The hosts of “Fox & Friends” on Tuesday pressed a White House spokesperson over the Trump administration’s failure to vet two former staffers who left amid allegations of domestic abuse.
White House staff secretary Rob Porter kept his job until allegations of his domestic violence were published in the press, despite the White House reportedly being notified by the FBI of the allegations made by Porter’s two ex-wives and an ex-girlfriend. Another White House staffer, David Sorenson, who worked under senior policy adviser Stephen Miller, resigned Friday amid allegations of domestic violence.
Interviewing White House spokesperson Raj Shah Tuesday, “Fox & Friends” co-host Brian Kilmeade asked: “What is going on behind the scenes in terms of FBI background checks that might change the staff this week?”
Shah dodged: “Well again, the FBI background check process is one that, again, the FBI runs, and we are a part of it,” he said. “It is operated throughout the federal government. It goes across agencies, and it’s been used from previous administrations, and will be used in future administrations. If any changes need to be made, we’ll look at that, but, you know, this is a process that we trust.”
“Raj, did you change anything?” Kilmeade interjected. “You relied upon it and you got burned because you had a two-time accused domestic abuser there at very sensitive position where perhaps he shouldn’t have been had that been fully exposed. So what changes now?”
It was a notably pointed line of questioning from the President’s favorite morning show, whose hosts normally step delicately into criticism of the White House. On Monday, they pressed another White House spokesperson, Hogan Gidley, on the same topic.
“I appreciate that point,” Shah replied Tuesday, without addressing it. “But we also need to look at the process and how it’s worked on historically. If changes need to be made, we’ll look at that and review the processes. But right now we do trust the process. It has been used time and again for decades to protect our national security, and we trust the FBI in these processes.”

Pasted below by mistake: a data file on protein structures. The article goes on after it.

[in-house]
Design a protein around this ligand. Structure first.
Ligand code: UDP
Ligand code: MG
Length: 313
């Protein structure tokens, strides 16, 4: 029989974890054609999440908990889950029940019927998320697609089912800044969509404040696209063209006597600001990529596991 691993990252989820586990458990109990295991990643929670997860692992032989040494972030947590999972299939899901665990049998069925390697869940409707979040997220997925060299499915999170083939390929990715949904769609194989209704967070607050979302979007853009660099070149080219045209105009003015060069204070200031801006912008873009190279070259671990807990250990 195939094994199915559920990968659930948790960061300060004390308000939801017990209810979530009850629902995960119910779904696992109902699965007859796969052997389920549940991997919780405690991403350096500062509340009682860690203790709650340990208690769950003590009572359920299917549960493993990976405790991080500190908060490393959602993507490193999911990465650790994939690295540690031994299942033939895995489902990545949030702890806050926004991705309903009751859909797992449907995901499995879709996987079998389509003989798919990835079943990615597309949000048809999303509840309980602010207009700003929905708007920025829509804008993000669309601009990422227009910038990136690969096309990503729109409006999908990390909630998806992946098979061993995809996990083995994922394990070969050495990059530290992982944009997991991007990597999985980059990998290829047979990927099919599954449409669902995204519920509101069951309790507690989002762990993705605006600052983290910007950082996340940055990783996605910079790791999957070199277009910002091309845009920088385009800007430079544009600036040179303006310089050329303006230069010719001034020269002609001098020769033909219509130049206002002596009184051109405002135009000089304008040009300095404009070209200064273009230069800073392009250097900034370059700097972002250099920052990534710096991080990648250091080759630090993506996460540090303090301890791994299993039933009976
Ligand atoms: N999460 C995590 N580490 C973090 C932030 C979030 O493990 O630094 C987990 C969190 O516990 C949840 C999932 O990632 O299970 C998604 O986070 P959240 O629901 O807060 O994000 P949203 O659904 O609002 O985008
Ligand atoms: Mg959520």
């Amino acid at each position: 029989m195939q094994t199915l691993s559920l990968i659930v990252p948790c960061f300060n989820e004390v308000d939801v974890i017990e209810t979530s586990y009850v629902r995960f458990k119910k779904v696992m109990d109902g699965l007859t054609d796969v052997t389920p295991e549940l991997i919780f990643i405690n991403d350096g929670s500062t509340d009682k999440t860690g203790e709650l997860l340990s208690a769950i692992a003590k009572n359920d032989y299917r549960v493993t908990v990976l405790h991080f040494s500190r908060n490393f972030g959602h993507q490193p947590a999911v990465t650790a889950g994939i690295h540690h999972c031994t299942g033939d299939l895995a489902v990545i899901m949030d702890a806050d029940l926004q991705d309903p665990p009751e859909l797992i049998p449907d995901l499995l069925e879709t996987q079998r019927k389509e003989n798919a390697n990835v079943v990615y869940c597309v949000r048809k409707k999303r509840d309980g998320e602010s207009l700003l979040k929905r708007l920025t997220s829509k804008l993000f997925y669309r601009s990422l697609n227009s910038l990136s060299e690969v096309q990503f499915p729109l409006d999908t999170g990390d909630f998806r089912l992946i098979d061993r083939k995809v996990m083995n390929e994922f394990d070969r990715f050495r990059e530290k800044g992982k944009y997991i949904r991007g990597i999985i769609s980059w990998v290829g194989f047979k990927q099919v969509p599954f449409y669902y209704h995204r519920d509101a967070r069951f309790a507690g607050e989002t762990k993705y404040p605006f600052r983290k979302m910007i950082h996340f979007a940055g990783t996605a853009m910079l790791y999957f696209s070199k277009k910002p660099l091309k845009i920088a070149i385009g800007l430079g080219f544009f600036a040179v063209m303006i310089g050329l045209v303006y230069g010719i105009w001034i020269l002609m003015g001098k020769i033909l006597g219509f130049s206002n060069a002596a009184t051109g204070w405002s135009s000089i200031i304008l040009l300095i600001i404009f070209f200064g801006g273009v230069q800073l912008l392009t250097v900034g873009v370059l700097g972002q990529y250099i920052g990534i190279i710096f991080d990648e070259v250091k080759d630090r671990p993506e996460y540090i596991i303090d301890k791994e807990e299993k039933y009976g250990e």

“Raj, there’s a story out that somebody at FBI told somebody at the White House back in November that this guy was a problem,” co-host Steve Doocy asked. “Do you know who that person might be?”
“That is not accurate,” Shah replied. “The FBI would not give a background check investigation directly to senior White House officials.”
“It goes to a security office where then it is relayed, maybe up the chain, maybe not. But what we know about Rob Porter specifically, and that’s the incident that everybody is talking about, is that his background check investigation had not been completed yet. It was still in the investigative process and had yet to be adjudicated. So prior to an adjudication, the White House is not going to step into the middle of a process and short circuit it. These investigations are complex. They’re lengthy for a reason. We need to get it right.”
The remarks echoed President Donald Trump’s on Twitter, made in response to the resignations from his staff, that “Peoples lives are being shattered and destroyed by a mere allegation.” Neither Trump, nor Shah, mentioned the victims of domestic violence in their defense of the White House.
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